« The King’s mouth » Romuald Hazoumé
The King’s mouth pays homage to the fate suffered by victims of the slave trade, and also evokes the modern slave trade that the petrol traffickers along the border between Benin and Nigeria are engaged in. By putting on this fascinating artwork by Romuald Hazoumé, who was born in1962 in Porto Novo (Republic of Benin), the Quai Branly Museum reminds us that contemporary plays an important role in its programme, alongside its older collections. Indeed, it’s all about giving a voice to artists from outside Europe who challenge the contradictions that their own cultures throw up, and the ways in which they are perceived in the West.
This installation took its inspiration from an 18c engraving of a slave-ship filled with slaves, and it involves more than 300 masks made from petrol canisters, which symbolise the slaves. Scents and sounds fill the installation : a litany of the slaves’ names, songs and lamentations. Trays are loaded with cowries, tobacco and glass beads, recalling the currencies that were used at the time.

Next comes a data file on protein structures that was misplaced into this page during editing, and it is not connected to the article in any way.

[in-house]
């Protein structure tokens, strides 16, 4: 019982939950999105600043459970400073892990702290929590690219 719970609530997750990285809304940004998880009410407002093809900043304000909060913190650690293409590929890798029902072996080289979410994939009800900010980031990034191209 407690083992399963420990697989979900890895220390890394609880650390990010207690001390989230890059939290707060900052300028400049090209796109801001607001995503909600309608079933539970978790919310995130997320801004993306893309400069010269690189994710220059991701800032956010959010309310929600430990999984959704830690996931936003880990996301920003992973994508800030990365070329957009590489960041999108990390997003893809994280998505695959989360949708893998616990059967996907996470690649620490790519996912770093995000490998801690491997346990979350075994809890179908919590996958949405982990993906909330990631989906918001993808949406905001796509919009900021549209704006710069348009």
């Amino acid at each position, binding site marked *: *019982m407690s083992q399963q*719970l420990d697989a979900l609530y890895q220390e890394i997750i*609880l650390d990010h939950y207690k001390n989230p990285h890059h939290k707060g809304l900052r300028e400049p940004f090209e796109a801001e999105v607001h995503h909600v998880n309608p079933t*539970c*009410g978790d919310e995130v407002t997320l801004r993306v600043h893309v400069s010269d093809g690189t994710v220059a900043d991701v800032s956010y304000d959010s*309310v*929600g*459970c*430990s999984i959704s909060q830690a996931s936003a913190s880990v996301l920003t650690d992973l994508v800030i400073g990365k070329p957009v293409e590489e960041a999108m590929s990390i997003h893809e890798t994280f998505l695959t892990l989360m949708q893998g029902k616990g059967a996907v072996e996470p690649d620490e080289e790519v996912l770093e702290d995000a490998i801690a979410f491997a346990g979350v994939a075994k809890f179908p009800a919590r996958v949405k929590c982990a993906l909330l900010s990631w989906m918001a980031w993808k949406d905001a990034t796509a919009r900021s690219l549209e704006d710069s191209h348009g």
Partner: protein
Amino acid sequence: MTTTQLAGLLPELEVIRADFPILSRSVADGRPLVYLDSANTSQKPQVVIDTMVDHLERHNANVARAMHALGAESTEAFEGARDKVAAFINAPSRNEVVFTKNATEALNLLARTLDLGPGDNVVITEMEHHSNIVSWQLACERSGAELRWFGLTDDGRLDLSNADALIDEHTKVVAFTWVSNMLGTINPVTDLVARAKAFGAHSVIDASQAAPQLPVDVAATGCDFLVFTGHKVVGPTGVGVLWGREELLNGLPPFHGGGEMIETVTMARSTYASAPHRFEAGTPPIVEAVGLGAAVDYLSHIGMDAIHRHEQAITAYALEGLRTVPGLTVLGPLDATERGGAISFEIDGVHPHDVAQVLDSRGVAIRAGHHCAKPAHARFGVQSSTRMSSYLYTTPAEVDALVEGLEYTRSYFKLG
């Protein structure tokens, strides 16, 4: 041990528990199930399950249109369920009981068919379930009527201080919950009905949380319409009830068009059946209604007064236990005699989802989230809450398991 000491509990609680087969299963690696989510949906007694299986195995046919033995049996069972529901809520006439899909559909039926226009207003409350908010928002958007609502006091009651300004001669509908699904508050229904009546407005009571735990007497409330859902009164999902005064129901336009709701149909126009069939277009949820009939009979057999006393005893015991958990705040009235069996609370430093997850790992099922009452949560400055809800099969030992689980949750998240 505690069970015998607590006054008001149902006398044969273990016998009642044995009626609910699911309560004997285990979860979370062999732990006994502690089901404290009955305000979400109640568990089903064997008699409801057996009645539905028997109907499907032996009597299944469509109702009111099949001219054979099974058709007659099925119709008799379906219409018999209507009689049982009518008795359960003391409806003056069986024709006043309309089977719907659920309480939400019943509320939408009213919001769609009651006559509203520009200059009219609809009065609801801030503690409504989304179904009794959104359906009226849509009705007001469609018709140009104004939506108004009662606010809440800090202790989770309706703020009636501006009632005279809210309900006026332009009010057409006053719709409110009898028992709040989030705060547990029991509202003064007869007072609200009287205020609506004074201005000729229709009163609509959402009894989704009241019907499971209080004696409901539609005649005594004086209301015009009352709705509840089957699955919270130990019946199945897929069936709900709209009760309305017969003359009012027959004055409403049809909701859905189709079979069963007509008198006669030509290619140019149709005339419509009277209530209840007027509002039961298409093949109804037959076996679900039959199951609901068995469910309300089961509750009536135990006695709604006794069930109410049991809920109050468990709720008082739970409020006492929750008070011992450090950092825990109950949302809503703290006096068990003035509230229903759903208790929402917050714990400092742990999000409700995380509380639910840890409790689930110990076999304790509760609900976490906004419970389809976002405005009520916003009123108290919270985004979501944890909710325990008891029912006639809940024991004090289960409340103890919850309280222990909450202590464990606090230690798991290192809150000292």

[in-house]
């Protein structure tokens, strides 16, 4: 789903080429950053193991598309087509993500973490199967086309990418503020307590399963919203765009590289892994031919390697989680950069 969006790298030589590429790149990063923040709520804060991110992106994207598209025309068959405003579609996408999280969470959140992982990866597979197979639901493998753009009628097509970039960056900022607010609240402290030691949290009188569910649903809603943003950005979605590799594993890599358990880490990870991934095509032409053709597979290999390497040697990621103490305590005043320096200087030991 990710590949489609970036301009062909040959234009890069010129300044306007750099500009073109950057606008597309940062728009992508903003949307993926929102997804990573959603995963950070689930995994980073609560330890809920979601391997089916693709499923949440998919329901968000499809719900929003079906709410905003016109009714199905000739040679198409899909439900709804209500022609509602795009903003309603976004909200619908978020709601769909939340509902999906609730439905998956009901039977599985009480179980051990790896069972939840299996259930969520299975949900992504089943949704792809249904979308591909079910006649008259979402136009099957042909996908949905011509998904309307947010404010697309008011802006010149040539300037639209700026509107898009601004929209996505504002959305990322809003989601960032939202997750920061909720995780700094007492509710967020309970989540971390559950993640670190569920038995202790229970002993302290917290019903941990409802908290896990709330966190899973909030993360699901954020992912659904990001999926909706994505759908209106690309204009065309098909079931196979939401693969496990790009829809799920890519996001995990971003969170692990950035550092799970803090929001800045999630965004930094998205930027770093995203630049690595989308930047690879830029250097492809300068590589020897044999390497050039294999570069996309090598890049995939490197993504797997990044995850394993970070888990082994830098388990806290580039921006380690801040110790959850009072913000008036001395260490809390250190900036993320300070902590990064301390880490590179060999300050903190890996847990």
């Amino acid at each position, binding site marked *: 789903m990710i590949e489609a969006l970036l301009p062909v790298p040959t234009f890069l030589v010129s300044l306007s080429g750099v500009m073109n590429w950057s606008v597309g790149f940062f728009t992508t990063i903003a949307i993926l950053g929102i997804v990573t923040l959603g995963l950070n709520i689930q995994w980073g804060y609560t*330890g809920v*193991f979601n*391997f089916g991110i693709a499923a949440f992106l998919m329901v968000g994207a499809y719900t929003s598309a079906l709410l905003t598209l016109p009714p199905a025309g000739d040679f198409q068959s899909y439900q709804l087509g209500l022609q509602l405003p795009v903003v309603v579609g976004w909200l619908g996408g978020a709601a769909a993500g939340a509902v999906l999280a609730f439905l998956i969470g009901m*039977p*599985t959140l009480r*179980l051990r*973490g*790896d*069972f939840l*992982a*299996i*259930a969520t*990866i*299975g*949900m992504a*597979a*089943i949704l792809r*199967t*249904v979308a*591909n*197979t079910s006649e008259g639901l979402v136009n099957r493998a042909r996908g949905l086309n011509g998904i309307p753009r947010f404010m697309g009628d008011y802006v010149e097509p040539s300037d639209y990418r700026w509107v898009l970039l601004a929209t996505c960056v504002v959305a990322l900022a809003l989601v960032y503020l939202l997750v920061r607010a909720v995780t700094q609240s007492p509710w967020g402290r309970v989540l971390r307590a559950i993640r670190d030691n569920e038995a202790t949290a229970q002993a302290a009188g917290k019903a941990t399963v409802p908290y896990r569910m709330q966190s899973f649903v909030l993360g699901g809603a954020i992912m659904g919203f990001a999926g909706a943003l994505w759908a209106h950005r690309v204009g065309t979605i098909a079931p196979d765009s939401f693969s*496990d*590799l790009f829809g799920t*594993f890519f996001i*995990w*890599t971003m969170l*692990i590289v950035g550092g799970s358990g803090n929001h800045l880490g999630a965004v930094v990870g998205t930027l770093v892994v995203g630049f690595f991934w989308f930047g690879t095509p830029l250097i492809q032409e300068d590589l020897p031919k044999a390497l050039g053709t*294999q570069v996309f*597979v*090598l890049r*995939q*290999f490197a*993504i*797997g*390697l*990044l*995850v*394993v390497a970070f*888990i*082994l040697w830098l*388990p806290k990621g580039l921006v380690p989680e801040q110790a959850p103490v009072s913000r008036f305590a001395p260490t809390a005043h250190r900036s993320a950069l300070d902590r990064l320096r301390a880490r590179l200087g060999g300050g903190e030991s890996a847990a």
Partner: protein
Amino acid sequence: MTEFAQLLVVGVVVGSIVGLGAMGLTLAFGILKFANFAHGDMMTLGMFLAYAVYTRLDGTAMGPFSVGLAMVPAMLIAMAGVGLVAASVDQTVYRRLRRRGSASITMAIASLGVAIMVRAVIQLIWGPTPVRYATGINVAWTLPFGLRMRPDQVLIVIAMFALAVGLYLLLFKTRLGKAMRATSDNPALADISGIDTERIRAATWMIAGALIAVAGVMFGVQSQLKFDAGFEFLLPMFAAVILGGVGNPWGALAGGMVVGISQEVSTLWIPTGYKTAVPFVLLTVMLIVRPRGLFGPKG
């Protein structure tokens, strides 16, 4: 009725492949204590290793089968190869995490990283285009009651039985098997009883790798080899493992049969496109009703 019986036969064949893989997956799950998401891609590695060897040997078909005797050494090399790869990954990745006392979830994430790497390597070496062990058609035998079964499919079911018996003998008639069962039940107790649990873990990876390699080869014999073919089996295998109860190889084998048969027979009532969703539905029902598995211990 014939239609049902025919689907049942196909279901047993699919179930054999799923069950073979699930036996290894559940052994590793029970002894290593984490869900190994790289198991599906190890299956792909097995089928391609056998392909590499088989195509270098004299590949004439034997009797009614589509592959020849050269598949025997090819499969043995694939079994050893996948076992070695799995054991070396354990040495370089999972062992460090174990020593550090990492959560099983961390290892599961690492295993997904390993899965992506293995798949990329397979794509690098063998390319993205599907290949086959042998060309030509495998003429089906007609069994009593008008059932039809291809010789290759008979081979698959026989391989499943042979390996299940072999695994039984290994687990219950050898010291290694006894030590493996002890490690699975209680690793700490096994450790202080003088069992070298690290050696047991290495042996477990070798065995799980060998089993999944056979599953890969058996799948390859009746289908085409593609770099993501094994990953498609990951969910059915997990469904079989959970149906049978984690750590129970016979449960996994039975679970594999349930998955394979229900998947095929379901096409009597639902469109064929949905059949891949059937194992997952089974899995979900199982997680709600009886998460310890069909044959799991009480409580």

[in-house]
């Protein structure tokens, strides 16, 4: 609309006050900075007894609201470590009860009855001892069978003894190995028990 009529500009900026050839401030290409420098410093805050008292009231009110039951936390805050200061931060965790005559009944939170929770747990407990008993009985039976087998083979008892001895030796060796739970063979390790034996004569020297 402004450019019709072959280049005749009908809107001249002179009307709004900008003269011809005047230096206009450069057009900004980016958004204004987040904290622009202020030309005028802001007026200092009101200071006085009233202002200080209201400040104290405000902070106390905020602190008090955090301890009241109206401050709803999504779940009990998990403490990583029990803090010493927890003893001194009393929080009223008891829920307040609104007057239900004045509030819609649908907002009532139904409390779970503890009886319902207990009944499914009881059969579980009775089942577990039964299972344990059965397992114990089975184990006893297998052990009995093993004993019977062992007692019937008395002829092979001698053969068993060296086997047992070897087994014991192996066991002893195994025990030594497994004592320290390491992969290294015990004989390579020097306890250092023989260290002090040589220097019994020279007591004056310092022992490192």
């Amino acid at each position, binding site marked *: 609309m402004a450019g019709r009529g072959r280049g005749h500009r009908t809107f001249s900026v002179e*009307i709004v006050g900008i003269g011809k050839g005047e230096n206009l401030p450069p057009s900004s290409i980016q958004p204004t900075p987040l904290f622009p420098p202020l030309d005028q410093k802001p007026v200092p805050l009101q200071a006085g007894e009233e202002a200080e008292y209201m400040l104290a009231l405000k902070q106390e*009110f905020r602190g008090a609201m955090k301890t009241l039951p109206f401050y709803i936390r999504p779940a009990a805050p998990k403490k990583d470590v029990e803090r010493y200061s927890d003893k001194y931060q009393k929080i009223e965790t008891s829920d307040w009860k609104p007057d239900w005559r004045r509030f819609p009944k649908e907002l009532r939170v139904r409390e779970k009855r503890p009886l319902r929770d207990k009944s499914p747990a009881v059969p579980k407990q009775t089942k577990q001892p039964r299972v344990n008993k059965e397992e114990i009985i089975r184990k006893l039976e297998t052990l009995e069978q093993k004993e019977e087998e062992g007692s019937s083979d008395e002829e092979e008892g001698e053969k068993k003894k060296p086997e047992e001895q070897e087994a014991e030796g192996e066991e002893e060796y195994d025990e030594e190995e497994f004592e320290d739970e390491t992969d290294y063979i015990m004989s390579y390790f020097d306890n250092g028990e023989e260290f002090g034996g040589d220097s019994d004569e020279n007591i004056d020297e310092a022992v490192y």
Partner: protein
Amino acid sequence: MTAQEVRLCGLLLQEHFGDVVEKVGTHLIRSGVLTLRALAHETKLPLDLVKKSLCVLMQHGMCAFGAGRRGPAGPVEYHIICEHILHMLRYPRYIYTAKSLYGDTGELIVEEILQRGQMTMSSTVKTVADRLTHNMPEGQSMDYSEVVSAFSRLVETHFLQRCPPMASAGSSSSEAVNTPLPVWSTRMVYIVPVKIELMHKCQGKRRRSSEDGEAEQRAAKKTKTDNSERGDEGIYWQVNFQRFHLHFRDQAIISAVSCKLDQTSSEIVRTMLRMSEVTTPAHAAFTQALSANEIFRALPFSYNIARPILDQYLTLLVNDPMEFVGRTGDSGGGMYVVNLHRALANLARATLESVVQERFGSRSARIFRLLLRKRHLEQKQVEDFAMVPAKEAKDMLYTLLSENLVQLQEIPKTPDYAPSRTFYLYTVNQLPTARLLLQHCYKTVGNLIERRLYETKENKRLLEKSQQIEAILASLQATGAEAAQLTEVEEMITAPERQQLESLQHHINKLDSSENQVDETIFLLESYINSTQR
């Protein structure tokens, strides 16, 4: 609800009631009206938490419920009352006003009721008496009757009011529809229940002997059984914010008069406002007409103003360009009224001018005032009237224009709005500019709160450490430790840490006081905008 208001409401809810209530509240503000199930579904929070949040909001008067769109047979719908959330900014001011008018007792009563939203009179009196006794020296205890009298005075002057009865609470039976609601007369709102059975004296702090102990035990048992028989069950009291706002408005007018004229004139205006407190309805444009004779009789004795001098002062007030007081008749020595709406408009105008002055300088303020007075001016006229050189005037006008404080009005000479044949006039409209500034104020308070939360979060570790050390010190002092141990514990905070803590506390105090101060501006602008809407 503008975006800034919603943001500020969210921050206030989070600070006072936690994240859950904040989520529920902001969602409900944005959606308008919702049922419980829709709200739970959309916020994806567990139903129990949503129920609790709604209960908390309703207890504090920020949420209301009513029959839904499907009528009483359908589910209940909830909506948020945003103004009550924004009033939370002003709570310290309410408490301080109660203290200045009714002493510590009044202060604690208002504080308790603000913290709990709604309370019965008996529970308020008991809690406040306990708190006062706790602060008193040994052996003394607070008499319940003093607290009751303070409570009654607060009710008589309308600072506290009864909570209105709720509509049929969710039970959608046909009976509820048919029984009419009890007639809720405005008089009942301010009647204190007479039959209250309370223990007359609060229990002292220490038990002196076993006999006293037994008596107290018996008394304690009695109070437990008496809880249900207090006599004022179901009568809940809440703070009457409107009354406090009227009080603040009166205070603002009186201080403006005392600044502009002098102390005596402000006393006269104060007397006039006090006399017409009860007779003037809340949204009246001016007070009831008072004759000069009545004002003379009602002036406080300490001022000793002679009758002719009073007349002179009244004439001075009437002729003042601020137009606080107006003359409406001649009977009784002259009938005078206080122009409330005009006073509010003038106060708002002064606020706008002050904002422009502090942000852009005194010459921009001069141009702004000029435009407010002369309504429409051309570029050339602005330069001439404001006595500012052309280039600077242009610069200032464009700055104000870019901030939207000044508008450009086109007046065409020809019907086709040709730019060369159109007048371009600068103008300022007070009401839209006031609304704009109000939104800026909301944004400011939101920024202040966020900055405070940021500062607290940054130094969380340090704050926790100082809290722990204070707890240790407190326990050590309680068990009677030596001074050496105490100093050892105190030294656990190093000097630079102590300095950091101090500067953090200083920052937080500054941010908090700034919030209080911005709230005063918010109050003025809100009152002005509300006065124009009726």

This artwork was first conceived in 1997 by Romuald Hazoumé and it was presented to the Menil Collection (Houston) in 2005; it is constantly evolving and illustrates the artist’s committed stance against human suffering and social injustice. It makes a plea for liberty, respect and dignity.
56 pages in 15 cm x 18.5 cm format
50 colour illustrations
price : 5 €
isbn 2-915133-31-X / 2-0801-1623-1
A co-publication by the musée du quai Branly/Flammarion
Germain Viatte, General Curator of cultural heritage, former director of museography at the Quai Branly Museum, and now scientific advisor to the President of the museum, Stéphane Martin.